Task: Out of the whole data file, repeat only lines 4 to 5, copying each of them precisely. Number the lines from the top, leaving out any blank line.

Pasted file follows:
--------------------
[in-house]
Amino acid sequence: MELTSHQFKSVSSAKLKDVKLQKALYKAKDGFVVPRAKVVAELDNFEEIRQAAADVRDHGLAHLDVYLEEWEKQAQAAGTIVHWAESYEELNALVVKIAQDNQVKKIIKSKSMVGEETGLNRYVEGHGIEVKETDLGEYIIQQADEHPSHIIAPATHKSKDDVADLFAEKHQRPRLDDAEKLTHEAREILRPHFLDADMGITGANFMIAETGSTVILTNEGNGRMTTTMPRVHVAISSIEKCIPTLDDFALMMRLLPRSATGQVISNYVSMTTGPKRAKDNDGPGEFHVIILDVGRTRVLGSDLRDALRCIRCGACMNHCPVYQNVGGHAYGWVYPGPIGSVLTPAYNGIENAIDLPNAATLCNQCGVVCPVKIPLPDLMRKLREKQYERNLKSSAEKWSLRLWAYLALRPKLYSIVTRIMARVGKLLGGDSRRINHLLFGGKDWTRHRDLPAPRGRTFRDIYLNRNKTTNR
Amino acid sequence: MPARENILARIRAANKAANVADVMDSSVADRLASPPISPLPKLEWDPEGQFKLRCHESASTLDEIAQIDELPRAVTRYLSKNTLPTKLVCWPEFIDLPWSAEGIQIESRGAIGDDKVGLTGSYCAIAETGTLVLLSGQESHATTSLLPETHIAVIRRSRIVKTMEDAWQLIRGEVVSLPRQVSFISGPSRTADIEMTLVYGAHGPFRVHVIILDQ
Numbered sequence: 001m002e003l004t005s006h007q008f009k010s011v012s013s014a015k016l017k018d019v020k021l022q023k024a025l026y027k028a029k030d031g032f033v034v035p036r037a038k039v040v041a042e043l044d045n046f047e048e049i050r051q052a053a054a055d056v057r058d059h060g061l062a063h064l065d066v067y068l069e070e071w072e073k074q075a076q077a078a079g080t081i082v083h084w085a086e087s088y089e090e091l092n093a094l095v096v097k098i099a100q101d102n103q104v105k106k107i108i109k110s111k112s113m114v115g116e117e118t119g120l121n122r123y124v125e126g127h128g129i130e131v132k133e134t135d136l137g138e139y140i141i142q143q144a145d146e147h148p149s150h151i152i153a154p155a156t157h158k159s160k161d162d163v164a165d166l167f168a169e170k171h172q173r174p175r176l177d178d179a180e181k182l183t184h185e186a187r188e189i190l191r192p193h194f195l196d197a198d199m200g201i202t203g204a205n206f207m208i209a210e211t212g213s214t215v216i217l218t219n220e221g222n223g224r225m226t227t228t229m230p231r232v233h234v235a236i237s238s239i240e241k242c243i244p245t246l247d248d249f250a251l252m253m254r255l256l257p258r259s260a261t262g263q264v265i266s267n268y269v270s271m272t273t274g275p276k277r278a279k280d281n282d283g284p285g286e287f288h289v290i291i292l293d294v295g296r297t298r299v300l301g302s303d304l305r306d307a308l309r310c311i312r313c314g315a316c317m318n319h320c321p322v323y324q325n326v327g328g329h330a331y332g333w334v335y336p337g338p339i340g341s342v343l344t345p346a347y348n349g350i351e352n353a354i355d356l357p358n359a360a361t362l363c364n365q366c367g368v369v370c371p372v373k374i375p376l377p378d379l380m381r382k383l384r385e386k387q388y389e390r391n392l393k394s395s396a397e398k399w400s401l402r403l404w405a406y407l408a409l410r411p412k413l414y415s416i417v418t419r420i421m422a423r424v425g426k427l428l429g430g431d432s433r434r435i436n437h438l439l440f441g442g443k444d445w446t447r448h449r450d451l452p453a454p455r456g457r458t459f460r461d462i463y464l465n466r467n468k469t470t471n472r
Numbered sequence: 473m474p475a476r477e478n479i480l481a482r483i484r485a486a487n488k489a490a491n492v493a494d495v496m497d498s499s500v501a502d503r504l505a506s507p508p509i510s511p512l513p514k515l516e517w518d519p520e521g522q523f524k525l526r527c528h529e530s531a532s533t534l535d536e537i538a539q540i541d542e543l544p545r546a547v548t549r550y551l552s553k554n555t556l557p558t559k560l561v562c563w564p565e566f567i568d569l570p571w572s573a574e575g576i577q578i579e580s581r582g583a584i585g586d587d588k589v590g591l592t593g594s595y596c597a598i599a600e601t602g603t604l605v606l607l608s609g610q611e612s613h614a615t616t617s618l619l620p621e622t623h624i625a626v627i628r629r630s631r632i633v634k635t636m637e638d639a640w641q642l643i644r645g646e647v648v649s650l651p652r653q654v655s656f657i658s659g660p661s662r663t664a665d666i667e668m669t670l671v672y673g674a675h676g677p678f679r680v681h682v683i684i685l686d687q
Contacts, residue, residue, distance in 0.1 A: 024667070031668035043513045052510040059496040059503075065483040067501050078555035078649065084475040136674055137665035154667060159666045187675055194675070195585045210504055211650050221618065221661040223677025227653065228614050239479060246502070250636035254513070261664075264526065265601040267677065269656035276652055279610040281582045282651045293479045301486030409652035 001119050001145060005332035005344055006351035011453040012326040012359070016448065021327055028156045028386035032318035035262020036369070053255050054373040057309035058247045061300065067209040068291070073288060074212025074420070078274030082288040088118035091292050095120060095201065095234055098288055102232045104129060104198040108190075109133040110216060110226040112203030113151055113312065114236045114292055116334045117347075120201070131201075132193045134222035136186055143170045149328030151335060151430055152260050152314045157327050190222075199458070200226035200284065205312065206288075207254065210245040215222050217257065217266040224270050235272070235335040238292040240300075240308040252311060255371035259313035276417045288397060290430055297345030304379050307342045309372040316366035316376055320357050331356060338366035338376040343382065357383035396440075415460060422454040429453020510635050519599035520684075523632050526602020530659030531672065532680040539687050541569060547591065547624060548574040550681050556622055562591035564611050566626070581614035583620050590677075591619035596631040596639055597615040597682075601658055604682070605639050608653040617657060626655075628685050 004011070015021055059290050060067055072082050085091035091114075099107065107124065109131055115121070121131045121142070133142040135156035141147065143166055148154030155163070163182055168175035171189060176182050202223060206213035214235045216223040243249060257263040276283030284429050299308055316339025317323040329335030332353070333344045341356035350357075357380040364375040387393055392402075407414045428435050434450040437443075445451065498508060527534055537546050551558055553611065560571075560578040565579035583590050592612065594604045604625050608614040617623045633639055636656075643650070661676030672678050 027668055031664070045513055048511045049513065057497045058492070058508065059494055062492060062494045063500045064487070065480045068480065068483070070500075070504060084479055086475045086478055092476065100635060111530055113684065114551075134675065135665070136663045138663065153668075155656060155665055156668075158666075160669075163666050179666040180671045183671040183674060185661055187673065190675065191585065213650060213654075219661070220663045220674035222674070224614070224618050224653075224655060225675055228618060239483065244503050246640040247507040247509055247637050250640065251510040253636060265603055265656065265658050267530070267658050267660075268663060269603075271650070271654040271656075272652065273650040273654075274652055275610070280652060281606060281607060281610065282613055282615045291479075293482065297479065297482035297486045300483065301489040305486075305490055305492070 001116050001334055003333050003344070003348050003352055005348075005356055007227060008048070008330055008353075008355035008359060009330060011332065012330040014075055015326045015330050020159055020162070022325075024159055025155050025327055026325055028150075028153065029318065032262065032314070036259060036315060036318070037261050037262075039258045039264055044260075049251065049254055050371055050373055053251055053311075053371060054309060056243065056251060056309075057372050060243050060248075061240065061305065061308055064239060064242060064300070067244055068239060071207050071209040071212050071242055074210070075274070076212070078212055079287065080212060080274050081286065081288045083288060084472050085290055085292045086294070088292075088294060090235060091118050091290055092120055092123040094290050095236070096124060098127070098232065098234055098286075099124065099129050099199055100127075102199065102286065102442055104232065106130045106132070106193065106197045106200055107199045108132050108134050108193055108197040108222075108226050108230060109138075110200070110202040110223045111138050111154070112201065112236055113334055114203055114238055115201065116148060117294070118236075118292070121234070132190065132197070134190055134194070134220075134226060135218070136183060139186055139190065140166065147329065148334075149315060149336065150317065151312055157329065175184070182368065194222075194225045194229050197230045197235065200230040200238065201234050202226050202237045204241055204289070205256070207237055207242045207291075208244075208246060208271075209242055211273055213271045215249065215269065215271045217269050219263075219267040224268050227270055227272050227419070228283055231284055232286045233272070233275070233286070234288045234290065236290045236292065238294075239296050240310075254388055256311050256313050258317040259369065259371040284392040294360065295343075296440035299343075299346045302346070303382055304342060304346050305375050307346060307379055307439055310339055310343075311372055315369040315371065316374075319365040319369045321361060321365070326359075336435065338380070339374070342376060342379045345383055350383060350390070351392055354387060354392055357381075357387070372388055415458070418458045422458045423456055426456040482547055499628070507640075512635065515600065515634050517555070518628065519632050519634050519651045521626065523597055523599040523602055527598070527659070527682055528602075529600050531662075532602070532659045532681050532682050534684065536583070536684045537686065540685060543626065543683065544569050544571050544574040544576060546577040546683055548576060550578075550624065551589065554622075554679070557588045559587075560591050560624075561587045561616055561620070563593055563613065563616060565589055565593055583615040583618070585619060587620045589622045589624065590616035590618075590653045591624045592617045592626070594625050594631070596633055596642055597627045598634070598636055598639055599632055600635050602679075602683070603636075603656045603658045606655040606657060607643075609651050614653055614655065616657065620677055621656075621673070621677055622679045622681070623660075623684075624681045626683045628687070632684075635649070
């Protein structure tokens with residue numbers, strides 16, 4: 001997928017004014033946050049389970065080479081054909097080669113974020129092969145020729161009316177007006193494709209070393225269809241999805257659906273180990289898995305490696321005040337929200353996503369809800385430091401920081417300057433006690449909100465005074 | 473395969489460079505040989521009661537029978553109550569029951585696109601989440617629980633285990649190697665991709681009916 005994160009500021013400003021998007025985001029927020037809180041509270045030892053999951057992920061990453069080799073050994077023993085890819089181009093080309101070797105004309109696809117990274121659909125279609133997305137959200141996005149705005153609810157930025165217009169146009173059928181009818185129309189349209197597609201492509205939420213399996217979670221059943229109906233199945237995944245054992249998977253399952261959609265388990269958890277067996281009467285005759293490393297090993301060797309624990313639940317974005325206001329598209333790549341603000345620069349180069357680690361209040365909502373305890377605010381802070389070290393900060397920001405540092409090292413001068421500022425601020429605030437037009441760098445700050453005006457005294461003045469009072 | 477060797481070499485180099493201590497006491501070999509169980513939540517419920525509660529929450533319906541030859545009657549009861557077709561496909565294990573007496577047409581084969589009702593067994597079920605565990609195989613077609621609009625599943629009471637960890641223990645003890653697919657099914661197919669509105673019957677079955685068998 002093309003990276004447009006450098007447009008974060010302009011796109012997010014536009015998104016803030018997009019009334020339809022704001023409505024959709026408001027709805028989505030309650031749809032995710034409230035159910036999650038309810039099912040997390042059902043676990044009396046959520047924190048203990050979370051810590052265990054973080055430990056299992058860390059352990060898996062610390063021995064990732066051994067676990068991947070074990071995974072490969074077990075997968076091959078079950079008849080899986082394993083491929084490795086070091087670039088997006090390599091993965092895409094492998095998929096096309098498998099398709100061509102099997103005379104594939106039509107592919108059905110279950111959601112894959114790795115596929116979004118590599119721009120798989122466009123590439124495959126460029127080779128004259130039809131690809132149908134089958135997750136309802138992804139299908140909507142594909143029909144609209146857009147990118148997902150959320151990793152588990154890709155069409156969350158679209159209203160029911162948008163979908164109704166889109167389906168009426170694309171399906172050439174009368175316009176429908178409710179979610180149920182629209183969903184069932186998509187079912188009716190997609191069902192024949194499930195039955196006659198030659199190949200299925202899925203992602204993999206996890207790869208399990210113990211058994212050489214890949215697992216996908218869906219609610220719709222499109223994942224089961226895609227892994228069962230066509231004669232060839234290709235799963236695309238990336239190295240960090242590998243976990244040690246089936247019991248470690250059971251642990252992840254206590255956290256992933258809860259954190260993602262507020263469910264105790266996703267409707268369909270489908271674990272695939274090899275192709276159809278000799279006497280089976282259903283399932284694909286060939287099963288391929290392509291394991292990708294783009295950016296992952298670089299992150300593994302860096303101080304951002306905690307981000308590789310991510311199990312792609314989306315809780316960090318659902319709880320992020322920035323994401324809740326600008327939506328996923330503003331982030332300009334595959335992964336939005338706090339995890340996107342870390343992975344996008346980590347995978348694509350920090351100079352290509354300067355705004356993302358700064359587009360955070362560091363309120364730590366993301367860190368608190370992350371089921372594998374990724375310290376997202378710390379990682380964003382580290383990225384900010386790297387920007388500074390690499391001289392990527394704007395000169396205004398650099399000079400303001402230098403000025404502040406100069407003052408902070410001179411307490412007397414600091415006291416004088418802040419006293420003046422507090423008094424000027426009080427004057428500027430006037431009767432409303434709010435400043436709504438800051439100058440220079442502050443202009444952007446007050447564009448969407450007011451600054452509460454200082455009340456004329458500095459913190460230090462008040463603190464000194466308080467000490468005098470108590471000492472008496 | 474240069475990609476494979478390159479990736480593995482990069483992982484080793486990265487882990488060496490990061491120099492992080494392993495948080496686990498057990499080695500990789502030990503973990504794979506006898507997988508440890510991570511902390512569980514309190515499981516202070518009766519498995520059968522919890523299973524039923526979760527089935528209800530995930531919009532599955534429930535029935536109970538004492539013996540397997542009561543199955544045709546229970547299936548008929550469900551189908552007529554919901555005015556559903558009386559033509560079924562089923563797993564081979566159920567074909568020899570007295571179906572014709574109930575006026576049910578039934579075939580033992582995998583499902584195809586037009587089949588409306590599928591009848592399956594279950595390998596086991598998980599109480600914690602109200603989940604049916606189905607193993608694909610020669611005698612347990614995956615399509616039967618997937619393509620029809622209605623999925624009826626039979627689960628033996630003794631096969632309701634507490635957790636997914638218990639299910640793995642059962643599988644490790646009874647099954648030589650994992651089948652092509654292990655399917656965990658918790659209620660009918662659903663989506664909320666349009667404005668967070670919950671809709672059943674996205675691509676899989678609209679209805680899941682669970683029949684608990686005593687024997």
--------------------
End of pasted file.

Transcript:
Numbered sequence: 001m002e003l004t005s006h007q008f009k010s011v012s013s014a015k016l017k018d019v020k021l022q023k024a025l026y027k028a029k030d031g032f033v034v035p036r037a038k039v040v041a042e043l044d045n046f047e048e049i050r051q052a053a054a055d056v057r058d059h060g061l062a063h064l065d066v067y068l069e070e071w072e073k074q075a076q077a078a079g080t081i082v083h084w085a086e087s088y089e090e091l092n093a094l095v096v097k098i099a100q101d102n103q104v105k106k107i108i109k110s111k112s113m114v115g116e117e118t119g120l121n122r123y124v125e126g127h128g129i130e131v132k133e134t135d136l137g138e139y140i141i142q143q144a145d146e147h148p149s150h151i152i153a154p155a156t157h158k159s160k161d162d163v164a165d166l167f168a169e170k171h172q173r174p175r176l177d178d179a180e181k182l183t184h185e186a187r188e189i190l191r192p193h194f195l196d197a198d199m200g201i202t203g204a205n206f207m208i209a210e211t212g213s214t215v216i217l218t219n220e221g222n223g224r225m226t227t228t229m230p231r232v233h234v235a236i237s238s239i240e241k242c243i244p245t246l247d248d249f250a251l252m253m254r255l256l257p258r259s260a261t262g263q264v265i266s267n268y269v270s271m272t273t274g275p276k277r278a279k280d281n282d283g284p285g286e287f288h289v290i291i292l293d294v295g296r297t298r299v300l301g302s303d304l305r306d307a308l309r310c311i312r313c314g315a316c317m318n319h320c321p322v323y324q325n326v327g328g329h330a331y332g333w334v335y336p337g338p339i340g341s342v343l344t345p346a347y348n349g350i351e352n353a354i355d356l357p358n359a360a361t362l363c364n365q366c367g368v369v370c371p372v373k374i375p376l377p378d379l380m381r382k383l384r385e386k387q388y389e390r391n392l393k394s395s396a397e398k399w400s401l402r403l404w405a406y407l408a409l410r411p412k413l414y415s416i417v418t419r420i421m422a423r424v425g426k427l428l429g430g431d432s433r434r435i436n437h438l439l440f441g442g443k444d445w446t447r448h449r450d451l452p453a454p455r456g457r458t459f460r461d462i463y464l465n466r467n468k469t470t471n472r
Numbered sequence: 473m474p475a476r477e478n479i480l481a482r483i484r485a486a487n488k489a490a491n492v493a494d495v496m497d498s499s500v501a502d503r504l505a506s507p508p509i510s511p512l513p514k515l516e517w518d519p520e521g522q523f524k525l526r527c528h529e530s531a532s533t534l535d536e537i538a539q540i541d542e543l544p545r546a547v548t549r550y551l552s553k554n555t556l557p558t559k560l561v562c563w564p565e566f567i568d569l570p571w572s573a574e575g576i577q578i579e580s581r582g583a584i585g586d587d588k589v590g591l592t593g594s595y596c597a598i599a600e601t602g603t604l605v606l607l608s609g610q611e612s613h614a615t616t617s618l619l620p621e622t623h624i625a626v627i628r629r630s631r632i633v634k635t636m637e638d639a640w641q642l643i644r645g646e647v648v649s650l651p652r653q654v655s656f657i658s659g660p661s662r663t664a665d666i667e668m669t670l671v672y673g674a675h676g677p678f679r680v681h682v683i684i685l686d687q